Lesson #28 with Chikuzen

Yeah, lesson got postponed all the way to today (or rather yesterday).

The lesson today was on Murasaki Reiho, which is not in my repertoire book, so Michael sent the score as two JPEG files accompanied by an MP3 file of a recording.

From what I see, I definitely need to work on:

  • Timing. I need to be more mindful about whether a note is one beat, two beats, etc.
  • Pitch. A great deal of this is remembering the techniques to be on pitch when coming from another note. Another aspect of this is exaggerating the movements needed.
  • Air speed. Faster and faster.

Ah well. My next lesson will be on 6 May!

23 April 2014 ·

(Source: shakuhachiforum.eu)

10 April 2014 ·

Lesson #27 with Chikuzen

We started the lesson discussing the weather, and then a little of Michael’s time working in Japan. So random, haha.

Anyway, I mentioned the “dead notes” that Michael once observed in my playing, and this lesson became one about how to make my notes come “alive”, when needed. The basic idea is to play notes such that they are nearly in kan, but still otsu, and kan notes such that they are nearly in daikan.

The method Michael suggested was to play say, ロ in otsu with hole #3 open (effectively 三のウ), with overtones from kan mixed in. Then, I should close hole #3 and pull the flute in a little closer to get a ロ that was almost in kan.

As an experiment, Michael got me to play イ in kan with all holes open: with a more rounded embouchure, I got a breathy sound. Then, close all the holes and see how that changed my embouchure and such.

One of the things to watch out for was to compensate for being flat when playing 三のウ by looking diagonally while blowing. This needs to be exaggerated to get the effect proper.

So, lots of interesting things to experiment and practice. Next lesson: 7 April!

25 March 2014 ·

November Steps performed by the Saito Kinen Orchestra under the baton of Ozawa Seiji.

This was composed by Takemitsu Toru for the 125th anniversary of the New York Philharmonic Orchestra, with Yokoyama Katsuya as the shakuhachi guest player and Tsuruta Kinshi as the biwa guest player in the premiere.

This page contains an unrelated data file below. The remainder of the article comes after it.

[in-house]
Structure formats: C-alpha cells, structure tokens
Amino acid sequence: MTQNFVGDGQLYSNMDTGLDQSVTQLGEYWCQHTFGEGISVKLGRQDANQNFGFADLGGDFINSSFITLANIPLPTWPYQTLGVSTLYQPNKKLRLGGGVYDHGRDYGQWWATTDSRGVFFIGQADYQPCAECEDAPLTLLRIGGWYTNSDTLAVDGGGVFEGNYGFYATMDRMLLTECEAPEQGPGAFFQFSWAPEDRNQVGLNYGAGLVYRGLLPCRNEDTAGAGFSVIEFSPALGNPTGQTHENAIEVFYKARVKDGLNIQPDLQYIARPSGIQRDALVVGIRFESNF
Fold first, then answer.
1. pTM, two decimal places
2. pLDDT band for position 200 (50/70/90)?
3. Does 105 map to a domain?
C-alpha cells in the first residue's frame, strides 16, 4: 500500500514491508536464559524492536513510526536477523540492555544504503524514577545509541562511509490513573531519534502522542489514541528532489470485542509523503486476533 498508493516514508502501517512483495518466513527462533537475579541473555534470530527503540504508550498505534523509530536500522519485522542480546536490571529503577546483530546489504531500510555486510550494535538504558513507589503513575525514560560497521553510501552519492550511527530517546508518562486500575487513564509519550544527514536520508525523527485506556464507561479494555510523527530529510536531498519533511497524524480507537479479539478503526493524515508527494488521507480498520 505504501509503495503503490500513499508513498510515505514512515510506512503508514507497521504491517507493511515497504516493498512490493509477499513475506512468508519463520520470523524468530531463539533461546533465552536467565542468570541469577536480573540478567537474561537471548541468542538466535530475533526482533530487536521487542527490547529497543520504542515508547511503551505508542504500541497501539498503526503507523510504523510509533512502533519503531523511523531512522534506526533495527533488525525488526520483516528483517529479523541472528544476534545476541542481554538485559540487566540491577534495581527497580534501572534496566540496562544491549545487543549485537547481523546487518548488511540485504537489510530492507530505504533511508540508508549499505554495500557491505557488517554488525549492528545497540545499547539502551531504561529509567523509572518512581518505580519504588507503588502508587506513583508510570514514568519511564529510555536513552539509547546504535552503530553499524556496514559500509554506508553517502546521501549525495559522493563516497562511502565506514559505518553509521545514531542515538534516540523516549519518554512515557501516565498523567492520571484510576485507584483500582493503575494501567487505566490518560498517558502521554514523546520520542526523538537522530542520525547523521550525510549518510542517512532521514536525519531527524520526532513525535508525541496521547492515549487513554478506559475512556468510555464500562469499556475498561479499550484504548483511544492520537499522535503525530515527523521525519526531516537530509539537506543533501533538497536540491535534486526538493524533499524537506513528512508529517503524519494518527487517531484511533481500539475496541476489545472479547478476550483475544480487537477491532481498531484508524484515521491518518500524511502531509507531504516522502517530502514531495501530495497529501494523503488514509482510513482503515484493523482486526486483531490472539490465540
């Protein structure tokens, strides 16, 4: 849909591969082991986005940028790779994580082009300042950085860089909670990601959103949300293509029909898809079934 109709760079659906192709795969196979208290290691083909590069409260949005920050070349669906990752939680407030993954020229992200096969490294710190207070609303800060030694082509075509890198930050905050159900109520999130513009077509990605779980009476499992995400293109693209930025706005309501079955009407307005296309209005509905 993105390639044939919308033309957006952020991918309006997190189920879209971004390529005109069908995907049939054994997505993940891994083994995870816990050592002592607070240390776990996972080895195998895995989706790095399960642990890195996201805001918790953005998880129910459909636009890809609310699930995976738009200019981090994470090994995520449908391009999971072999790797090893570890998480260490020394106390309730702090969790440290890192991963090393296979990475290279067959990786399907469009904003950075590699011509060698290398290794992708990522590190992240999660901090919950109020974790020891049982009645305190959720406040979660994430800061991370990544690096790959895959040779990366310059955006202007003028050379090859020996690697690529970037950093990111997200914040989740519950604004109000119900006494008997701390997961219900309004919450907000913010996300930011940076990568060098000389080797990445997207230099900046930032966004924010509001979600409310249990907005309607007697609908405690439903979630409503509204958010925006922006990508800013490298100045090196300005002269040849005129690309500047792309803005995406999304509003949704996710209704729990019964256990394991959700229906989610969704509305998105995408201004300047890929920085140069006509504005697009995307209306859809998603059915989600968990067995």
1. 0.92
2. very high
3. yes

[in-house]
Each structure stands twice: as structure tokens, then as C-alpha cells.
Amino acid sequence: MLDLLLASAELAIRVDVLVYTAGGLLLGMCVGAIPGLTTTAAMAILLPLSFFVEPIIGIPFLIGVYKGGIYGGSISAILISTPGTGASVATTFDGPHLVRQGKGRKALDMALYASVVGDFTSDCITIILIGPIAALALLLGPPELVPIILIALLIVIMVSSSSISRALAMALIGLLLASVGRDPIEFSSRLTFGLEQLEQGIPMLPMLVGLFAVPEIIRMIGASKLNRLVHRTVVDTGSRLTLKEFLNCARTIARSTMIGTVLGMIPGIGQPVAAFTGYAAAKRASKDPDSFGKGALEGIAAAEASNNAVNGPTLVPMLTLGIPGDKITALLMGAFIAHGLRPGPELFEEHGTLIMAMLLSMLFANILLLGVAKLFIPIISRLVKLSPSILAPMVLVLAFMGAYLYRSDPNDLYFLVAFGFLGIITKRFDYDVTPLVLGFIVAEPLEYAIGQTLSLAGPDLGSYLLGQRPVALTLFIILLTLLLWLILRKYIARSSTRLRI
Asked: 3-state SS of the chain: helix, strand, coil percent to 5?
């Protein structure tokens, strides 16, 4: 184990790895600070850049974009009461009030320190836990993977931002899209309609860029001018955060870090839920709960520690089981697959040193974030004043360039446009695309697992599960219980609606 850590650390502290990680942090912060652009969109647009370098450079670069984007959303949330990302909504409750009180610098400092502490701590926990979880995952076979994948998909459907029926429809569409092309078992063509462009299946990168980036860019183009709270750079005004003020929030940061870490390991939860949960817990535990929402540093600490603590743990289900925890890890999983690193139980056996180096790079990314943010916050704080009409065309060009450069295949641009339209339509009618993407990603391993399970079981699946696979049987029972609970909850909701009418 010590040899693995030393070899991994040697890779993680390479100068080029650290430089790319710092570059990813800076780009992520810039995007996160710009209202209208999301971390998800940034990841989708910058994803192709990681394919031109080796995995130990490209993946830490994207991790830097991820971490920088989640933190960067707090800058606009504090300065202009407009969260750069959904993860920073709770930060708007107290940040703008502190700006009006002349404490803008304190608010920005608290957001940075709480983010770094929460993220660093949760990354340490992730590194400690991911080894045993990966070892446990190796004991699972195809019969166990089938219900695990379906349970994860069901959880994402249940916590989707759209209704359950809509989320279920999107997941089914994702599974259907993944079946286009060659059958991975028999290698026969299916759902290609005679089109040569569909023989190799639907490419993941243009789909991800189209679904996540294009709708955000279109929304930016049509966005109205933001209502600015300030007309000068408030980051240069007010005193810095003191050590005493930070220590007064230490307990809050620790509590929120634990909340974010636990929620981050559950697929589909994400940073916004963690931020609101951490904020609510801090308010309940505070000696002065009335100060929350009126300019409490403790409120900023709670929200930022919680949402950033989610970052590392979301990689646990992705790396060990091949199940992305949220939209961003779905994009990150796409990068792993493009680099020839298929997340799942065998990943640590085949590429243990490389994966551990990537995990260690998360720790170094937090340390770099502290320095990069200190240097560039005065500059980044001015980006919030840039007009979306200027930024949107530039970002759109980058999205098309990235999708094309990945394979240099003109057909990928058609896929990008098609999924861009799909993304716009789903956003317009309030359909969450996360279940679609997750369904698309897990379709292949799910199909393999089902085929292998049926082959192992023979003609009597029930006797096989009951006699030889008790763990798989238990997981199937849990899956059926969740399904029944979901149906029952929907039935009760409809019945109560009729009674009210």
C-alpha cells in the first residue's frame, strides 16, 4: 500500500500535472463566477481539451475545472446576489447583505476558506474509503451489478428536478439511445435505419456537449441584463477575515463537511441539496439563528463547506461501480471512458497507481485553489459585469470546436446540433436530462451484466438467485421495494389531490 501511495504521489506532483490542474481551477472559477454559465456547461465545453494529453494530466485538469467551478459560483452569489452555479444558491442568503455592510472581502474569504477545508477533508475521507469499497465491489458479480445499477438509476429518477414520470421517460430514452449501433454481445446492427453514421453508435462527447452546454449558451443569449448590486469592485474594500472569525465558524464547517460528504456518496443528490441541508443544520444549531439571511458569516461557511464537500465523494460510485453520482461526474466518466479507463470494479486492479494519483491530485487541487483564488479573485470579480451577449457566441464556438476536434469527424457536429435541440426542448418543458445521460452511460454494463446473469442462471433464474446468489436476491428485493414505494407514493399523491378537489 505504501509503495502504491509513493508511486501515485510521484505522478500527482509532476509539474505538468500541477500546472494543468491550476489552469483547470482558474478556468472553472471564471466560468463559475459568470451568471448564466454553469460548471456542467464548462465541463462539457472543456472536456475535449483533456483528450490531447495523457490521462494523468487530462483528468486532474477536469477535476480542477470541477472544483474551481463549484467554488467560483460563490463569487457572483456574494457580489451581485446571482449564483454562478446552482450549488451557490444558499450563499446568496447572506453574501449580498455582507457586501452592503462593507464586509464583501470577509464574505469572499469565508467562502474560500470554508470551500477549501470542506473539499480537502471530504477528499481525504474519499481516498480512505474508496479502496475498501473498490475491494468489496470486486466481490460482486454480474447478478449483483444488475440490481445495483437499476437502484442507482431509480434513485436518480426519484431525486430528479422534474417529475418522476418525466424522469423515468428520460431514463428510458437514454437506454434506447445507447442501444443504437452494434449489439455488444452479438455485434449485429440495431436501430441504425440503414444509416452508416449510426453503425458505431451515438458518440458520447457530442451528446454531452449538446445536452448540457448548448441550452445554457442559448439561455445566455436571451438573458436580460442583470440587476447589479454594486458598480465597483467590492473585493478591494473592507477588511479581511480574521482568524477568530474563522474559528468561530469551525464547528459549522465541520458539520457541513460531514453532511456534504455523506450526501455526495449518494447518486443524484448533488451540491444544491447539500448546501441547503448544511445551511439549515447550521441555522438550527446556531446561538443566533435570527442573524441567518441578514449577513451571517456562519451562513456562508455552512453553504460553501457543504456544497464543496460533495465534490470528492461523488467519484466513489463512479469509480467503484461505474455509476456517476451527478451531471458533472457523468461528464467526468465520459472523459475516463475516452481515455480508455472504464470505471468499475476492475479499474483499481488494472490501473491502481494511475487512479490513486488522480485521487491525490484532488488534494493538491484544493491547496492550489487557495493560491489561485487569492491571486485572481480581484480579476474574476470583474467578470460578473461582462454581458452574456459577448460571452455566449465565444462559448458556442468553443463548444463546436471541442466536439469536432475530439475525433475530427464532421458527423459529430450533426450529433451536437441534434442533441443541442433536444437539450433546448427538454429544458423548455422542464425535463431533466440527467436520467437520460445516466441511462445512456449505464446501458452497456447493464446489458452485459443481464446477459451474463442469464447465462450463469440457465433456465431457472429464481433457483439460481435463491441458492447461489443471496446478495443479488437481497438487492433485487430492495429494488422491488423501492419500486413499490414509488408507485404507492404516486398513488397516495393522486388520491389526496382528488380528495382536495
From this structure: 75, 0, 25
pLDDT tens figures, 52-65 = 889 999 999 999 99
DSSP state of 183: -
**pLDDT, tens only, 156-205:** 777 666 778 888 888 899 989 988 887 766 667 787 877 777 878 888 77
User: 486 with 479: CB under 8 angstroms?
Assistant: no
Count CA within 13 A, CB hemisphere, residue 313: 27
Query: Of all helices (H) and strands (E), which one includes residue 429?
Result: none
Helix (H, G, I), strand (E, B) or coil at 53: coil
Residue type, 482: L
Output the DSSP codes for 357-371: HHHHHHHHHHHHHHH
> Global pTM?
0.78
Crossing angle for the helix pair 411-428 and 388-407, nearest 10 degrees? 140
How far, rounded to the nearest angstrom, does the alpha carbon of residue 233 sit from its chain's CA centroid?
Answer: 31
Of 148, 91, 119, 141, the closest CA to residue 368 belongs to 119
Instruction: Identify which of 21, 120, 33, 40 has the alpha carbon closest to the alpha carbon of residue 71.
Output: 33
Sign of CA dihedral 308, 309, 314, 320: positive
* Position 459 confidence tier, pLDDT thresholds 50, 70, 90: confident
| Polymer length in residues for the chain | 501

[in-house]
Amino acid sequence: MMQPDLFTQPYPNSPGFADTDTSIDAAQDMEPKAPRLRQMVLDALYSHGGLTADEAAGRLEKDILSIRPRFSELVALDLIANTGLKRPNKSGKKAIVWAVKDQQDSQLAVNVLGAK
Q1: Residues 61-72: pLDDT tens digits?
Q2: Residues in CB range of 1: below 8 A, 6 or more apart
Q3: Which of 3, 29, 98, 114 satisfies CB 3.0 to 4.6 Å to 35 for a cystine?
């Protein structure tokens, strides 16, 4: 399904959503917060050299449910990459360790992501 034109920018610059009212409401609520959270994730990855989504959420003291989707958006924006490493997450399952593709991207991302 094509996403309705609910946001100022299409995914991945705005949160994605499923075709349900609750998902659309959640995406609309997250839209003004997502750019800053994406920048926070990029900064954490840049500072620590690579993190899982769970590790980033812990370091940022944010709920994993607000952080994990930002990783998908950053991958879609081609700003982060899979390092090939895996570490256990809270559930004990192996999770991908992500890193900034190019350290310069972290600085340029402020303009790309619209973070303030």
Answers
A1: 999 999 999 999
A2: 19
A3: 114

Read the Japan Times’ article Retracing Takemitsu’s ‘Steps’ for more on the history of November Steps.

21 March 2014 ·

Lesson #26 with Chikuzen

This lesson was all about the Fukuda Rando piece Tsubaki Saku Mura. Nothing really new: I basically did an echo of Michael’s playing, and then tried by myself once over. Michael did introduce some points where he would play nayashi for ornamentation.

From the pointers that Michael gave me, a key here is to practice consecutive notes that appear in the piece until I can consistently get them right.

One thing that I may have to watch out for is the “death grip”. I think I had problems with my solo playing through because I was gripping the shakuhachi too tightly at times, leading to some muscle strain and a rather sore right thumb.

Next lesson: 24 March! DST is in effect, but we’re sticking to the current time with respect to my timezone (UTC+8).

11 March 2014 ·

Lesson #25 with Chikuzen

Yes, this comes a week late. Not because I forgot to blog, but because I delayed my lesson by a week.

Silly me decided to take a nap just over an hour before the lesson… and ended up sleeping for an hour, nearly missing the start.

Anyway, the first half was work on embouchure and attaining a better understanding of the appropriate position of my lower lip in relation to the opening of the flute.

In the second half, I did an echo of the Fukuda Rando piece Tsubaki Saku Mura. Apparently, the piece was composed in memory of a scene from Fukuda Rando’s youth, that of a white storehouse with camellias blooming in a village. The points that I would like to keep in mind:

  • At various points in the score, there is a circle like a Chinese/Japanese full stop at the side. This denotes that the previous note should take 3/4 of the beat and the next note 1/4.
  • The イ in the third column (and later when the section is repeated) should be played with only hole #2 covered.
  • When playing 三のウ, I should move my head to one side to achieve the correct pitch, i.e., the same pitch as ヒメリ.
  • Do not open hole #3 too much for ヒメリ
  • When playing the fast ツメリレツメリロ sequence, I only need to tap hole #2 for レ: leaving hole #1 partially open is fine.
  • At the end of the piece, instead of trying to sustain at the correct pitch, which can be difficult, I can play 五のハ instead, slowly opening hole #1 towards the end to maintain pitch.

Right. My next lesson will be on 10 March!

25 February 2014 ·

Lesson #24 with Chikuzen

As it will be Michael’s birthday this Saturday, I started off with the happy birthday song that I arranged last year. Quite fun!

Anyway, Michael noticed in my playing of Fukuda Rando’s Komori Uta that I was simply too flat for ロ and other notes, though I was on pitch when I played them 大メリ.

Seeing that I have been playing for the past 14 months, he decided that it was time to re-work my embouchure. This means working on blowing for a faster air stream by blowing harder and being aware of my tongue position. Initially, this will lead to a breathy sound, but I can then seal off the excess air with my lower lip.

Part of my practice will involve just blowing without the shakuhachi: when Michael did that, the air flow was audible, whereas mine was silent.

Besides this, we discussed the idea of being flexible when playing, and hence being able to adapt to the styles of various schools in the future. Hearing him relate conversations with top master players was a heartwarming experience.

Lest I forget, my next lesson will be on 17 February.

5 February 2014 ·


I am a shakuhachi enthusiast from Singapore. These are some notes of my journey with this Japanese end-blown flute that is traditionally made of bamboo.